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Chosen category: Top 10 facts about GEOs

Top 10 facts about Finland




1. Geography and population of Finland

2. Official language of Finland

3. Currency in Finland

4. Internet in Finland

5. Economic development in Finland

6. Job in Finland

7. Working days and holidays in Finland

8. Finnish mentality

9. Advertising in Finland

10. Cryptocurrency in Finland

1. Geography and population of Finland

Finland is located in Northern Europe. This is one of the most northern and geographically remote countries in the world with a rather harsh climate. Nearly 2/3 of Finland is covered with dense forests, making it the most densely forested country in Europe. Finland also forms the symbolic northern border between Western and Eastern Europe: dense wilderness and Russia in the east, the Gulf of Bothnia and Sweden in the west.

An excavation undertaken in 1996 led to a radical rethinking of time when humans inhabited Finland. Finds in a cave near Kristianstad in the southwestern part of the country have led some to assume that humans appeared here at least 100,000 years ago. The ancestors of the Sami appear to have lived in Finland around 7000 BC. NS.

General information about Finland:

• Capital: Helsinki

• Area: 338,440 km²

• Calling code: +358

• Internet top level domain: .fi

• Population: 5.54 million people


Population of Finland

The population is mainly concentrated in the south of the country, mainly in the region of the capital - Helsinki. This territory is home to about 27% of the total population, which is approximately equal to 1.5 million people. There are 9 cities in Finland with a population of over 100,000.

One of the key challenges for society in the future is adapting to demographic changes, especially an aging population. The share of the working-age population is declining, and a shortage of labor is predicted.

Big cities/ numbers of residents:
































2. Official language of Finland

The official languages of Finland are Finnish and Swedish. The shares of speakers in 2020 were:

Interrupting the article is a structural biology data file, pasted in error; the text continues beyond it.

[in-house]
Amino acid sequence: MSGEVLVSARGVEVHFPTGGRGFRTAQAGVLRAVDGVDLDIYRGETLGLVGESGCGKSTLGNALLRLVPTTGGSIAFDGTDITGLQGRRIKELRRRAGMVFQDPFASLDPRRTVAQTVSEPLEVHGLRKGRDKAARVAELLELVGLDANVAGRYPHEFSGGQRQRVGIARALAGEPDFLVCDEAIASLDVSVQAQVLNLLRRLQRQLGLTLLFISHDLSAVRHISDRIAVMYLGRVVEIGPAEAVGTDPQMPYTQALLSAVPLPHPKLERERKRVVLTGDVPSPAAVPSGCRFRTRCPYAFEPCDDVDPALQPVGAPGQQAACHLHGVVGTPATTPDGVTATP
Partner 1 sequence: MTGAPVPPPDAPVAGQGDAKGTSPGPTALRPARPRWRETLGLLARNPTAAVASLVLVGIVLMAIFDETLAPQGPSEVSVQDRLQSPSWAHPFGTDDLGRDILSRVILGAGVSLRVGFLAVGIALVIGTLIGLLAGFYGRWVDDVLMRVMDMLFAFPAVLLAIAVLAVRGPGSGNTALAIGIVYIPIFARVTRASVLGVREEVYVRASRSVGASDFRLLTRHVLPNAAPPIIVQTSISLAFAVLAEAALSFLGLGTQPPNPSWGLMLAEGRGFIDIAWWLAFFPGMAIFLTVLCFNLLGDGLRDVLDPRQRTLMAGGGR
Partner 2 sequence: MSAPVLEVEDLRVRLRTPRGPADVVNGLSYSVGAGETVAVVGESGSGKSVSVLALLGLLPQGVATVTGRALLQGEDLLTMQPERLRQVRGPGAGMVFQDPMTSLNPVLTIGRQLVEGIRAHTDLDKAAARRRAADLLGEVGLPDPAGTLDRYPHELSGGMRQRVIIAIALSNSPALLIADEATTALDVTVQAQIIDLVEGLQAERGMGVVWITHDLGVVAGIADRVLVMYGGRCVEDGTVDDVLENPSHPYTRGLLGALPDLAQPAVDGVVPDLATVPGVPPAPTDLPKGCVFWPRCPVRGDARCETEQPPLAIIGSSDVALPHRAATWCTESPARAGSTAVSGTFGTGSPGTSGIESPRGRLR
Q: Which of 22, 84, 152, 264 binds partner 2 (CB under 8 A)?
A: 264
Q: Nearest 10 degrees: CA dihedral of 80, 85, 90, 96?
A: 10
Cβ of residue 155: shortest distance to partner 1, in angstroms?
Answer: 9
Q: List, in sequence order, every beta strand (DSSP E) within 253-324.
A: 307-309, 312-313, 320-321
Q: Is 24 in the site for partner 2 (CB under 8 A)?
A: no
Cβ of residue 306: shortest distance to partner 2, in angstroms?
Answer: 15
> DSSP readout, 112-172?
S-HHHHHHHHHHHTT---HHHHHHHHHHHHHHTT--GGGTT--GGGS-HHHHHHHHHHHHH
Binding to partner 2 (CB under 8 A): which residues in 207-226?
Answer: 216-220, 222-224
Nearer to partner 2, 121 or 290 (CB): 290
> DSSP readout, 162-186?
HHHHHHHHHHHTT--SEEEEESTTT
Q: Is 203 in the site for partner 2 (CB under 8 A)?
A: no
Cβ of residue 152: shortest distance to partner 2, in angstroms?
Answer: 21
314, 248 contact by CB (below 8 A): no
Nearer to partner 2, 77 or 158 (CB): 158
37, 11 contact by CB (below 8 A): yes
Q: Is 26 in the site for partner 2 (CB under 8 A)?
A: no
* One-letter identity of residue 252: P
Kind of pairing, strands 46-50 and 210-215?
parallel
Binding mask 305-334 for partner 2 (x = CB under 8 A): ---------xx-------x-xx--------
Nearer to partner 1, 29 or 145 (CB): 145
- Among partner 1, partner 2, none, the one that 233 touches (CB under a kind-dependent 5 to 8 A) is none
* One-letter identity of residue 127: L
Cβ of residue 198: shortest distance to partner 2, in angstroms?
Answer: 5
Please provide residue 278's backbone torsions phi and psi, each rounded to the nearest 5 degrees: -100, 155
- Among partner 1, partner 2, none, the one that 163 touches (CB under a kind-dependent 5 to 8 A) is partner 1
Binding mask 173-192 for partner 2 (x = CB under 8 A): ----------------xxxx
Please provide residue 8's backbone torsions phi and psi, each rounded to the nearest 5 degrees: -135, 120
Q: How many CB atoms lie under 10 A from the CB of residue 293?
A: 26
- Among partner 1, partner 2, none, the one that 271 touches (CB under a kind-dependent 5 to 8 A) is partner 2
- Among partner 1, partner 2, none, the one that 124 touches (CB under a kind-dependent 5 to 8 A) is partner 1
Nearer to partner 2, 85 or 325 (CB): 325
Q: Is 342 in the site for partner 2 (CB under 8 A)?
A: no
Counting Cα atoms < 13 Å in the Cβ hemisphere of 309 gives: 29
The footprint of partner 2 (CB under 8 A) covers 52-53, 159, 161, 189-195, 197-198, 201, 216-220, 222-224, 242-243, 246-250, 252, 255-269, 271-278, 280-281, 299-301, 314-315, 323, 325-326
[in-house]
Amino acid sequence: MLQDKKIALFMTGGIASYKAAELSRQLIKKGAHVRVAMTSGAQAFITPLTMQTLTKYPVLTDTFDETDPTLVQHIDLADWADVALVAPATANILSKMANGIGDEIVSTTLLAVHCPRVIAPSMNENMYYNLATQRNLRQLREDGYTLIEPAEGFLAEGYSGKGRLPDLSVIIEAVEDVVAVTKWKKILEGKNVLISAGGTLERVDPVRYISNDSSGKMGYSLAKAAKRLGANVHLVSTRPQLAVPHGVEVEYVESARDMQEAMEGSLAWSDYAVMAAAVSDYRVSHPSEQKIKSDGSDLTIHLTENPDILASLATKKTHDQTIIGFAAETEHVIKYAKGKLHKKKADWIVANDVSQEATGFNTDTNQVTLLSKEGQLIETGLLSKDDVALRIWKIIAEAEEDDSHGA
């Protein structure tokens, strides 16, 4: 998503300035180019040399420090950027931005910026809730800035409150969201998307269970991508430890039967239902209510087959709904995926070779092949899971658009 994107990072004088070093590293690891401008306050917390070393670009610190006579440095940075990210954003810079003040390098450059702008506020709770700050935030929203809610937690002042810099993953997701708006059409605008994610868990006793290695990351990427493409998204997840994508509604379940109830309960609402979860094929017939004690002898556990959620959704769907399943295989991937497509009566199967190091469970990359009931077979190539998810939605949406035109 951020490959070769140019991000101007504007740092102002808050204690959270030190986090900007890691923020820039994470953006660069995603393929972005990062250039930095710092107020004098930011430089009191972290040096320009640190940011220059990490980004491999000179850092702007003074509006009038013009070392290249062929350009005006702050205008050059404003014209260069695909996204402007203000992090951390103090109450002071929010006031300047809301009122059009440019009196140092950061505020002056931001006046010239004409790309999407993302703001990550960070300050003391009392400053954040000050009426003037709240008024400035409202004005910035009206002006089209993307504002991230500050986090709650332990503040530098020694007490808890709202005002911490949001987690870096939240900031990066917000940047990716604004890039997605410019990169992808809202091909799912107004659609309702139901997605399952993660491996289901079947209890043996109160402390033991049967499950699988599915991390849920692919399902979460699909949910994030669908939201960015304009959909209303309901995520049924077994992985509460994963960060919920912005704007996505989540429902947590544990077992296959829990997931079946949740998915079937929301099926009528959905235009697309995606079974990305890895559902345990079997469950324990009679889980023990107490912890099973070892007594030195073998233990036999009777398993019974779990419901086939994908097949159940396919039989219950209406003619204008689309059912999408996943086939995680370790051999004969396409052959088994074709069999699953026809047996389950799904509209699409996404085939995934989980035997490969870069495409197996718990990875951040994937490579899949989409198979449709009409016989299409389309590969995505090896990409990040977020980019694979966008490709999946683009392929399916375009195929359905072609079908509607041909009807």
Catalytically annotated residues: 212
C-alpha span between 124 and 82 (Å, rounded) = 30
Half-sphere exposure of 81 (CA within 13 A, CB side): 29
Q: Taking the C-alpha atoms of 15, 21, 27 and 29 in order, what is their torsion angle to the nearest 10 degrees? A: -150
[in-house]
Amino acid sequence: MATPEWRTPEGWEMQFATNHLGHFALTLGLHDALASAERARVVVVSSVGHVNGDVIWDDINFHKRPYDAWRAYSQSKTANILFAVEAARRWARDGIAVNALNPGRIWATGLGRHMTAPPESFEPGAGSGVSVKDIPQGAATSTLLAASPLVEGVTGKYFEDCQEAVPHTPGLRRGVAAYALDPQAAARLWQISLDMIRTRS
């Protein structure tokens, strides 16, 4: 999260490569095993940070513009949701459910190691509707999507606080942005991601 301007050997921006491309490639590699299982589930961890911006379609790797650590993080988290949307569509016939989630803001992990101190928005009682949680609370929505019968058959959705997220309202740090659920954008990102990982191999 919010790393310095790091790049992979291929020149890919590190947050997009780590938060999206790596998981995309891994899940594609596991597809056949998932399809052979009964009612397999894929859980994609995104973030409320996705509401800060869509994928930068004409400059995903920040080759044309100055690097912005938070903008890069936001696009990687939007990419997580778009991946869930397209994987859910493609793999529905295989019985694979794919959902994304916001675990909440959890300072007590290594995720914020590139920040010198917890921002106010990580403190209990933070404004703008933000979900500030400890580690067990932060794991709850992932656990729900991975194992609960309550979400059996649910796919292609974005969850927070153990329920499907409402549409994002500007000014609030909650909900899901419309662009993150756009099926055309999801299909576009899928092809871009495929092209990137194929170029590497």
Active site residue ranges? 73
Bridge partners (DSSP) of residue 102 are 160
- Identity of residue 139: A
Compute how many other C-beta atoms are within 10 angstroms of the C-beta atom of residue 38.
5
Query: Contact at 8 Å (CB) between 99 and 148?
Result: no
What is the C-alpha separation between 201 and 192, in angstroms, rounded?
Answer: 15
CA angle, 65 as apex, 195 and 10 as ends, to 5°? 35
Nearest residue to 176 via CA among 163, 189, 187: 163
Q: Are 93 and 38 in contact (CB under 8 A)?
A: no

• Finnish 86.9%

• Swedish 5.2%

• Other languages 7.8%

Although the Swedish-speaking population is mainly concentrated on the southern and western coasts, Finnish and Swedish are equal languages throughout the country when communicating with the authorities.

At the end of 2020, the number of speakers of a foreign language was 7.8% of the population. The largest group of foreign-language speakers are those whose native languages are Russian, Estonian, Arabic, English, and Somali.

3. Currency in Finland

Finland introduced the EUR (€) in 2002. Euro banknotes are issued in denominations of 5, 10, 20, 50, 100, 200, and 500, and coins - in denominations of 5, 10, 20, and 50 cents, as well as 1 euro and 2 euros. One and two cents, used in most other eurozone countries, are not accepted in Finland.

4. Internet in Finland

• In January 2021, there were 5.27 million internet users in Finland.

• Between 2020 and 2021, the number of Internet users in Finland increased by 7,695 (+ 0.1%).

• The Internet using rate in Finland in January 2021 was 95.0%.

Since 2010, Finland is the only country in the world where Internet access is considered a legal right, not a privilege. The government argued that the Internet has become an integral part of modern society, just like water or electricity. While Finns still have to pay for Internet access in their homes, the government ensures that everyone in the country can use at least the minimum speed of broadband for free. They can also access the Internet for free in schools, universities, and libraries. Government and community projects provide access to high-speed fiber-optic broadband networks to remote areas.


5. Economic development in Finland

Finland's economic freedom score is 76.1, making it the 17th freest economy in the 2021 Index. The overall score for this Index increased by 0.4 points, primarily due to improvements in government spending. Finland ranks 10th out of 45 countries in the European region, and its overall score is above the regional and global averages.

6. Job in Finland

A person working in Finland usually earns about 4,690EUR per month. Salaries range from €1,190 (lowest average) to €20,900 (highest average, the actual maximum salary is higher).